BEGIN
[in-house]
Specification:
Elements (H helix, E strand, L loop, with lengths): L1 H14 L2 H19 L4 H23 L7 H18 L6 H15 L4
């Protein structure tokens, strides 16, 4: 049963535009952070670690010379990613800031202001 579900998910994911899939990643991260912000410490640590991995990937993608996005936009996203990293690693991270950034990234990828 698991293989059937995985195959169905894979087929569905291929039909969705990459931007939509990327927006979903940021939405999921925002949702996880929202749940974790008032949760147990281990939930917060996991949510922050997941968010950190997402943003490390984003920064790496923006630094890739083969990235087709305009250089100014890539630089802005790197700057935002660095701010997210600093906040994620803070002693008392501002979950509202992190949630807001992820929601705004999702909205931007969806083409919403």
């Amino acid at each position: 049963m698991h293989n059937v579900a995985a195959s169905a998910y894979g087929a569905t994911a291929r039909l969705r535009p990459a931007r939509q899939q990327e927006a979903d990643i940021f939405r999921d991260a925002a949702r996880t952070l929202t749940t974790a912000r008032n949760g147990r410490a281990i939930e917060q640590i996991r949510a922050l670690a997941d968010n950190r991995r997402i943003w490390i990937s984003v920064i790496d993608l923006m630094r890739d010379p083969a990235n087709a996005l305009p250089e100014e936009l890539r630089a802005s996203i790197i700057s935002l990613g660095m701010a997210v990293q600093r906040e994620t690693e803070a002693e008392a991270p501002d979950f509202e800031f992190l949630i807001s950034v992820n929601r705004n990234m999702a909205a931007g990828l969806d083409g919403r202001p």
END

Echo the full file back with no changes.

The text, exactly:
[in-house]
Specification:
Elements (H helix, E strand, L loop, with lengths): L1 H14 L2 H19 L4 H23 L7 H18 L6 H15 L4
């Protein structure tokens, strides 16, 4: 049963535009952070670690010379990613800031202001 579900998910994911899939990643991260912000410490640590991995990937993608996005936009996203990293690693991270950034990234990828 698991293989059937995985195959169905894979087929569905291929039909969705990459931007939509990327927006979903940021939405999921925002949702996880929202749940974790008032949760147990281990939930917060996991949510922050997941968010950190997402943003490390984003920064790496923006630094890739083969990235087709305009250089100014890539630089802005790197700057935002660095701010997210600093906040994620803070002693008392501002979950509202992190949630807001992820929601705004999702909205931007969806083409919403």
């Amino acid at each position: 049963m698991h293989n059937v579900a995985a195959s169905a998910y894979g087929a569905t994911a291929r039909l969705r535009p990459a931007r939509q899939q990327e927006a979903d990643i940021f939405r999921d991260a925002a949702r996880t952070l929202t749940t974790a912000r008032n949760g147990r410490a281990i939930e917060q640590i996991r949510a922050l670690a997941d968010n950190r991995r997402i943003w490390i990937s984003v920064i790496d993608l923006m630094r890739d010379p083969a990235n087709a996005l305009p250089e100014e936009l890539r630089a802005s996203i790197i700057s935002l990613g660095m701010a997210v990293q600093r906040e994620t690693e803070a002693e008392a991270p501002d979950f509202e800031f992190l949630i807001s950034v992820n929601r705004n990234m999702a909205a931007g990828l969806d083409g919403r202001p």